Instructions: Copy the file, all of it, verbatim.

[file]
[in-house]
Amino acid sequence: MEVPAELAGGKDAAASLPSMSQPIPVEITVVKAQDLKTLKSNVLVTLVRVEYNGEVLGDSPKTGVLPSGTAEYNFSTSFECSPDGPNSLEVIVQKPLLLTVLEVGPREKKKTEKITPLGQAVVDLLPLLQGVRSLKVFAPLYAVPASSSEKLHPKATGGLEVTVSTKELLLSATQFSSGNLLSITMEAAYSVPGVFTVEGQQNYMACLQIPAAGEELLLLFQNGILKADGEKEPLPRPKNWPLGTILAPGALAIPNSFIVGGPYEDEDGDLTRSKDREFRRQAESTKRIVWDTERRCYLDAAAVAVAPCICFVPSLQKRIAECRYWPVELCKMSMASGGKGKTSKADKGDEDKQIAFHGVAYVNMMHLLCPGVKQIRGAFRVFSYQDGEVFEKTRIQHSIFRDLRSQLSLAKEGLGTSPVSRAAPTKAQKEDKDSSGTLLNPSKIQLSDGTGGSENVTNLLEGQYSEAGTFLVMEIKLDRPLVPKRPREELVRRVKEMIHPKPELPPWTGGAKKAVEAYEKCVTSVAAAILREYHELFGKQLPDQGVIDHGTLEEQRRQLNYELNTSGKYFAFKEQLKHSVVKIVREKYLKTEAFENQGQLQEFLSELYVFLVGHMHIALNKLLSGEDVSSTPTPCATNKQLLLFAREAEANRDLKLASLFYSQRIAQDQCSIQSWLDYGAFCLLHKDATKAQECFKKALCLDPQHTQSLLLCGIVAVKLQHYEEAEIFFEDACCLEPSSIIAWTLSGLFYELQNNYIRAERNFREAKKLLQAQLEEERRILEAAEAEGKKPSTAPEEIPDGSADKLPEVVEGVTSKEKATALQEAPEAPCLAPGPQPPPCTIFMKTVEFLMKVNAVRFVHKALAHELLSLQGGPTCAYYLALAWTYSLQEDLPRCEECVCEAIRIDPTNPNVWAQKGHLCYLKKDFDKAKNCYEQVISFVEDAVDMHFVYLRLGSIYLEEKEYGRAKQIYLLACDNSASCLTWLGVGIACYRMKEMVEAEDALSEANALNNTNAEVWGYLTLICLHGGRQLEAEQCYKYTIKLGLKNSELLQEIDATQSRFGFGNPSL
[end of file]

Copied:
[in-house]
Amino acid sequence: MEVPAELAGGKDAAASLPSMSQPIPVEITVVKAQDLKTLKSNVLVTLVRVEYNGEVLGDSPKTGVLPSGTAEYNFSTSFECSPDGPNSLEVIVQKPLLLTVLEVGPREKKKTEKITPLGQAVVDLLPLLQGVRSLKVFAPLYAVPASSSEKLHPKATGGLEVTVSTKELLLSATQFSSGNLLSITMEAAYSVPGVFTVEGQQNYMACLQIPAAGEELLLLFQNGILKADGEKEPLPRPKNWPLGTILAPGALAIPNSFIVGGPYEDEDGDLTRSKDREFRRQAESTKRIVWDTERRCYLDAAAVAVAPCICFVPSLQKRIAECRYWPVELCKMSMASGGKGKTSKADKGDEDKQIAFHGVAYVNMMHLLCPGVKQIRGAFRVFSYQDGEVFEKTRIQHSIFRDLRSQLSLAKEGLGTSPVSRAAPTKAQKEDKDSSGTLLNPSKIQLSDGTGGSENVTNLLEGQYSEAGTFLVMEIKLDRPLVPKRPREELVRRVKEMIHPKPELPPWTGGAKKAVEAYEKCVTSVAAAILREYHELFGKQLPDQGVIDHGTLEEQRRQLNYELNTSGKYFAFKEQLKHSVVKIVREKYLKTEAFENQGQLQEFLSELYVFLVGHMHIALNKLLSGEDVSSTPTPCATNKQLLLFAREAEANRDLKLASLFYSQRIAQDQCSIQSWLDYGAFCLLHKDATKAQECFKKALCLDPQHTQSLLLCGIVAVKLQHYEEAEIFFEDACCLEPSSIIAWTLSGLFYELQNNYIRAERNFREAKKLLQAQLEEERRILEAAEAEGKKPSTAPEEIPDGSADKLPEVVEGVTSKEKATALQEAPEAPCLAPGPQPPPCTIFMKTVEFLMKVNAVRFVHKALAHELLSLQGGPTCAYYLALAWTYSLQEDLPRCEECVCEAIRIDPTNPNVWAQKGHLCYLKKDFDKAKNCYEQVISFVEDAVDMHFVYLRLGSIYLEEKEYGRAKQIYLLACDNSASCLTWLGVGIACYRMKEMVEAEDALSEANALNNTNAEVWGYLTLICLHGGRQLEAEQCYKYTIKLGLKNSELLQEIDATQSRFGFGNPSL